Originally Posted by Bill Fitzmaurice
As for sub stacking, you'll get a better result spreading them about the room. Stacking subs gets higher output, but does nothing to address room modes. Vertically stacking cabs does have a major benefit when the stack is at least 3 wavelengths high. At 100Hz that's 33 feet; at 20Hz it's 170 feet.
Sorry Bill, theorizing is one thing, but this ^^^ is just nonsense. Show your data.
Vertically stacking eliminates the floor-to-ceiling standing wave and incorporates the ceiling as a 4th virtual primary point source.
One sub in a corner vs a stack of the same sub in the same corner. Mic position is unchanged. The traces are normalized to show the difference in FR because the output increase is a given.
You go from (+/-) 21dB to (+/-) 8dB and, with a single PEQ filter you're at (+/-) 3dB. You're welcome to lug the 4 modules all over the room based on a) where your rooms layout will actually allow you to physically place them in the room, b) your latest mathematical guru-inspired theory, c) trial and error or d) a combination of all of the above. But, to state categorically that stacking is not a viable option tells me you have no evidence from the real world.
Having extremely accurate measurement capability, you would then compare the digits on a full bandwidth disc to the mic'd version from the listening position. The following is a scene from HTTYD when the big dragon bursts out of the cave, captured straight off the player and mic'd at the LP.
If it gets better than that ^^^, please post the data.
Getting back to the topic, Arch mentioned GTGs as a metric for benchmark, or subjective preference, or whatever anyone would like to call it. Since there really is next to zero objective data used to explain the preferences at a GTG, I, after following one of those threads, took the FR data posted and created a Spectrograph of one of the scenes listened to at the GTG and made a simple comparison showing what the participants actually heard from the SM vs a Cap sub:
I've posted countless times that ULF does not have to be 145dB (or whatever the Equal Loudness Curve graph and similar opinions theoretically dictate it 'needs' to be) to be heard, felt, sensed, etc. When there is a +20dB difference from one presentation to the next and a +4dB difference at the center frequency, every listener will notice the difference and the majority will judge it to be 'better'.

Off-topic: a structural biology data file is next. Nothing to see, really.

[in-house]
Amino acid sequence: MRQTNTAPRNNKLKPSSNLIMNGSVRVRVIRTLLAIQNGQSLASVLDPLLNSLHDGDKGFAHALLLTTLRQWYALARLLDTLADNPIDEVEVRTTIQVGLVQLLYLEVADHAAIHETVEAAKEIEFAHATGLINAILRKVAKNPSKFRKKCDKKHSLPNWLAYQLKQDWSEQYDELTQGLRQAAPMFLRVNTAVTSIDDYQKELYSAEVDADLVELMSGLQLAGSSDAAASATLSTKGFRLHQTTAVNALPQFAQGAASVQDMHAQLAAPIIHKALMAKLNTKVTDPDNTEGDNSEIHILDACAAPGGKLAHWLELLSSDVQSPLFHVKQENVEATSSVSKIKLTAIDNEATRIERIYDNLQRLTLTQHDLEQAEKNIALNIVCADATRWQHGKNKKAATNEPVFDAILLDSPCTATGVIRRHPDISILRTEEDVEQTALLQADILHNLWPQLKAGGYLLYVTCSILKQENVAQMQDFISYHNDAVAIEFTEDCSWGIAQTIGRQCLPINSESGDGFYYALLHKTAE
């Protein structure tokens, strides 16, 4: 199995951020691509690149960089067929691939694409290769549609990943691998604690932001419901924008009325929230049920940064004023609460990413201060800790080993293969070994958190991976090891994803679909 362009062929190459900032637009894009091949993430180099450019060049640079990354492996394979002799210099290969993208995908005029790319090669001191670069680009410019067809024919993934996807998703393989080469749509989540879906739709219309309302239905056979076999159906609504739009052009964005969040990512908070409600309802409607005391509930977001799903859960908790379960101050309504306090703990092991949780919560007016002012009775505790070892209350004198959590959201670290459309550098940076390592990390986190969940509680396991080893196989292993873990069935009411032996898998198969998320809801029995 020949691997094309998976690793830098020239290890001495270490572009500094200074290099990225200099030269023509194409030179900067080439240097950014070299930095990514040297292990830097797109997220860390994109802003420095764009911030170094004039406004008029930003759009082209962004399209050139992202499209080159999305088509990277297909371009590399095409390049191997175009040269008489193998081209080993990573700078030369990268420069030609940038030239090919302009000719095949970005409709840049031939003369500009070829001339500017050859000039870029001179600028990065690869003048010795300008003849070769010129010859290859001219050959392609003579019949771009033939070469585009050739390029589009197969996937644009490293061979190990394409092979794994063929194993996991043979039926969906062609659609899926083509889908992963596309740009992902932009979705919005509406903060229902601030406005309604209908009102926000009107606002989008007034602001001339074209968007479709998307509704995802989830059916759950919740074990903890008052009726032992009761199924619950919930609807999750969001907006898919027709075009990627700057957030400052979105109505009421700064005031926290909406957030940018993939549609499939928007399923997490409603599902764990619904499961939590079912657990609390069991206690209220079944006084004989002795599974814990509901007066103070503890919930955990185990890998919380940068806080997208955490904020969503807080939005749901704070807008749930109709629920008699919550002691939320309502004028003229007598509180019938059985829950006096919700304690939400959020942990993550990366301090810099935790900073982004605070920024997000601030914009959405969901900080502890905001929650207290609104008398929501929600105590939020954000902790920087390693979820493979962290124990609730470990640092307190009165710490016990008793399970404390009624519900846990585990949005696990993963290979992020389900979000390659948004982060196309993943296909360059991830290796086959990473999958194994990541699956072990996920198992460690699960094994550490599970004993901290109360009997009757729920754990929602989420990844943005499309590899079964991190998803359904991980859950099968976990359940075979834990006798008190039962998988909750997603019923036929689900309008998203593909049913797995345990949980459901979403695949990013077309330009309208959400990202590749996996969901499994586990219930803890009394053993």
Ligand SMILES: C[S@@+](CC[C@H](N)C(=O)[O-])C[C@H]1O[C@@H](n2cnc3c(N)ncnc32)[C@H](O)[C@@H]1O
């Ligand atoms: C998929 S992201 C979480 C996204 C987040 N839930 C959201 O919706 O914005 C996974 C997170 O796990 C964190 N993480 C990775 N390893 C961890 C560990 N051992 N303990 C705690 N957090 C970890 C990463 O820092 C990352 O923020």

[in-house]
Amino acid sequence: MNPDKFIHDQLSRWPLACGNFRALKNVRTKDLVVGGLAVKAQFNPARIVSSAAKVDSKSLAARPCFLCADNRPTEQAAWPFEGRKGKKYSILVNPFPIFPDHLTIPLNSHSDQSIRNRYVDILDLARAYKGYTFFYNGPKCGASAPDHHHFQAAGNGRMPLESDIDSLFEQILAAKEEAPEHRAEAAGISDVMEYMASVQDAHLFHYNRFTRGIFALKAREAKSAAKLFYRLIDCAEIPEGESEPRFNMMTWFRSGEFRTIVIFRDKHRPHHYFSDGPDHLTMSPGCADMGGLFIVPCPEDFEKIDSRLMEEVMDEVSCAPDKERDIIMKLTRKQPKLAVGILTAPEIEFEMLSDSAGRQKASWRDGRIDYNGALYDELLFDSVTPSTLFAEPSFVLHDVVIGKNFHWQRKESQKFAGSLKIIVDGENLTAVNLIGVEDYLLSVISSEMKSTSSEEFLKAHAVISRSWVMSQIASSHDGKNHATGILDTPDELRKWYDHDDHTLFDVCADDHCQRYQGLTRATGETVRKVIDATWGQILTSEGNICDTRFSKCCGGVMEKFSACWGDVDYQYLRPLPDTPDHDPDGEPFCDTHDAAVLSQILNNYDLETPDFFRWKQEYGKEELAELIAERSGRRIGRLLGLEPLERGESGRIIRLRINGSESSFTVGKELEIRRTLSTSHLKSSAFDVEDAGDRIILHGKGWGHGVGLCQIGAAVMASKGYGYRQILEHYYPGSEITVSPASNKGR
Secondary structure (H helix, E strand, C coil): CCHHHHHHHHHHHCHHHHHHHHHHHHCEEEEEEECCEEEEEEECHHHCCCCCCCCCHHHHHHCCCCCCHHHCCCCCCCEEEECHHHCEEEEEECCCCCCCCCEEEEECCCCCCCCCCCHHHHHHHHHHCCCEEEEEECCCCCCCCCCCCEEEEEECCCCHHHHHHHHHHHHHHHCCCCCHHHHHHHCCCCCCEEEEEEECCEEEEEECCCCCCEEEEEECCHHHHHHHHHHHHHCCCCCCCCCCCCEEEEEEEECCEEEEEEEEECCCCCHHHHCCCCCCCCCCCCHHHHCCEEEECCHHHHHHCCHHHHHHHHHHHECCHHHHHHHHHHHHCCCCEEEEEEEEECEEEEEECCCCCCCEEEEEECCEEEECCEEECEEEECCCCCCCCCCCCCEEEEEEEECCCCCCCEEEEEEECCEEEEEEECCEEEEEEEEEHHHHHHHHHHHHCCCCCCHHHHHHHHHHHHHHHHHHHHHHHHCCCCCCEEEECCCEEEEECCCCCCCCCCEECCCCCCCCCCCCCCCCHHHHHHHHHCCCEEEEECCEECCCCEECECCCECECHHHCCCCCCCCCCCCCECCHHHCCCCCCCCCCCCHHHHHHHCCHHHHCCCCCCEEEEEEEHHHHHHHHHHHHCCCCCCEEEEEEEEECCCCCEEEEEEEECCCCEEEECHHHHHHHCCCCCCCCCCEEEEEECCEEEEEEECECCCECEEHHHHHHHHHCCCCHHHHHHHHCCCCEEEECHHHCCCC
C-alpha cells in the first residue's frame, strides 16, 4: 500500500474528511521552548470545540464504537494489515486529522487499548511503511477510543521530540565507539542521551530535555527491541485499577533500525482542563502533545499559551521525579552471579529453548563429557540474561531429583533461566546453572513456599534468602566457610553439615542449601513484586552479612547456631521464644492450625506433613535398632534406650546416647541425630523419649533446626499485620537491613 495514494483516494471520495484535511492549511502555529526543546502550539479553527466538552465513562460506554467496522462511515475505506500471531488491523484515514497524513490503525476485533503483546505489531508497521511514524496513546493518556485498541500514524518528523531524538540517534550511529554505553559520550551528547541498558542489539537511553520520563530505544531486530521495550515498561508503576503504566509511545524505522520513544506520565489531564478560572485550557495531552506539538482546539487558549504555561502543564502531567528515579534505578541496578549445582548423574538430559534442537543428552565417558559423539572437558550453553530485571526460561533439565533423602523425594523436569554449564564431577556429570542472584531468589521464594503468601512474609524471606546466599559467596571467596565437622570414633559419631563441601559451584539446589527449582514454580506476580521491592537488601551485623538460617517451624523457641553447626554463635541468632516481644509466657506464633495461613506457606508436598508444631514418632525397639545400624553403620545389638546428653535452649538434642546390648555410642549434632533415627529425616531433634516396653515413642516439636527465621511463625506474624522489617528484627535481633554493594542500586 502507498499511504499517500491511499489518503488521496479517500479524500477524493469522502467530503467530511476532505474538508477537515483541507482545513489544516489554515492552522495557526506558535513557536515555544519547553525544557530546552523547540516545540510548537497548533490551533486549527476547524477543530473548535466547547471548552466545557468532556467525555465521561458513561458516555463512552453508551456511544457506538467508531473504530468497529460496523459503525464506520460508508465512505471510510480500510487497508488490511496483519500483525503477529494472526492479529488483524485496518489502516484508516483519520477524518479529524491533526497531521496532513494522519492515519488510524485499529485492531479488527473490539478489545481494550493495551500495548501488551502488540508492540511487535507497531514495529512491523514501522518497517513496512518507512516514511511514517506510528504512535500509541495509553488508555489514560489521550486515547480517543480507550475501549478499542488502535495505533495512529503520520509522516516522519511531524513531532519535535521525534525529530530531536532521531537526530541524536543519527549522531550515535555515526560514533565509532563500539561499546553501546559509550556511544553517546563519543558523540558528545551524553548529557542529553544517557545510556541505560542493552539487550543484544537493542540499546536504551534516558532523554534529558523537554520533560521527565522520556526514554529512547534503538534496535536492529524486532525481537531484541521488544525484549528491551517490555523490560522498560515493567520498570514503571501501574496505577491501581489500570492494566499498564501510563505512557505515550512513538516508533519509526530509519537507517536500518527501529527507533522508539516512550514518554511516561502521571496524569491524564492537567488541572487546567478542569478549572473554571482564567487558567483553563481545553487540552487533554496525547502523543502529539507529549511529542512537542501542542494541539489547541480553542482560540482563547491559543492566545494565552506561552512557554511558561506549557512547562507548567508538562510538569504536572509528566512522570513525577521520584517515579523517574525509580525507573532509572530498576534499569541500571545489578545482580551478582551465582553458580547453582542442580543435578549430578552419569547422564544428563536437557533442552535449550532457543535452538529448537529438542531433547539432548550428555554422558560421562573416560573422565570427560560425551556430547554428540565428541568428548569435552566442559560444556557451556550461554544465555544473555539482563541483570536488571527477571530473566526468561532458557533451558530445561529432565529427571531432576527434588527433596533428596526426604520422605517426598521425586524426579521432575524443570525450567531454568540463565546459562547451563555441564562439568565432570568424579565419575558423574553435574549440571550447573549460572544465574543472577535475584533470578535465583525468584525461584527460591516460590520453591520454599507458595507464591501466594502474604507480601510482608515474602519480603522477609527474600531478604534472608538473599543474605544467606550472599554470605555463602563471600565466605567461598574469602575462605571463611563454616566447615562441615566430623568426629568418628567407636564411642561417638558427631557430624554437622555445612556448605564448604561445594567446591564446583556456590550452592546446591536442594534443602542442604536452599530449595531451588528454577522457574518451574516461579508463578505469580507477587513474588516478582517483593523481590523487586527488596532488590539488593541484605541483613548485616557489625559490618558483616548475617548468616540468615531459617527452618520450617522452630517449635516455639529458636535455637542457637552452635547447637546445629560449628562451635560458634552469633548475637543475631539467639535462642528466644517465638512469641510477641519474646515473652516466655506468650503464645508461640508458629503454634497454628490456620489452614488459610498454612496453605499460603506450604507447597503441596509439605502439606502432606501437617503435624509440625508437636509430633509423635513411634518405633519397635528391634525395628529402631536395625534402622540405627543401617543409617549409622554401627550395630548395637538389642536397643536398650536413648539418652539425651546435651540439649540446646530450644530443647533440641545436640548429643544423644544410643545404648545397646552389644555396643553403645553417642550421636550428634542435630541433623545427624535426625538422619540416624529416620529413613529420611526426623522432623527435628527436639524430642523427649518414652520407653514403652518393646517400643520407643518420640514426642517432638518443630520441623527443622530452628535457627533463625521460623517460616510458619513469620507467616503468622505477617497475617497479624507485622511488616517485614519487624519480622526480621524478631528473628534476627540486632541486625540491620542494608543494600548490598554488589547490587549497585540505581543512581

If there were digital vs mic'd version spectrographs of the scenes presented at a GTG (the digital versions could be done in advance and the mic'd versions done at the GTG), one would be able to see the distortions presented to the listeners.
Playing "What if?", what if the SM gives 100% THD at 8 Hz and it's mostly 2HD? That 16 Hz 2HD would add impact at a frequency where the other subs have no output at all and at a frequency where there is no content in the soundtrack. There are many more variables that decrease the value of the subjective opinions of listeners when there is no data to help explain those preferences and opinions.
So, hats off to Seaton for designing his sub to use the room (and that would be any room the sub is placed in) to allow owners to experience another octave. I've said so many, many, many times since the SM hit the streets. But, the 'benchmark' is a combination of hard numbers data resulting from a rigorous regimen executed by an extremely capable young man. You simply can't dismiss that data because some guys liked the sub better than a couple of other subs, excluding the current benchmark subs.
IOW, the SM either gets included in Josh's Data-Bass, or no benchmark for it. Once it's been tested and the results are included, then you can see if there is a correlation between "everyone liked it best at the GTG, so it must be a benchmark" and the actual numbers. It's my opinion that there will be, but my opinion is just that. Folks who place their opinions above the data... well, good luck with that.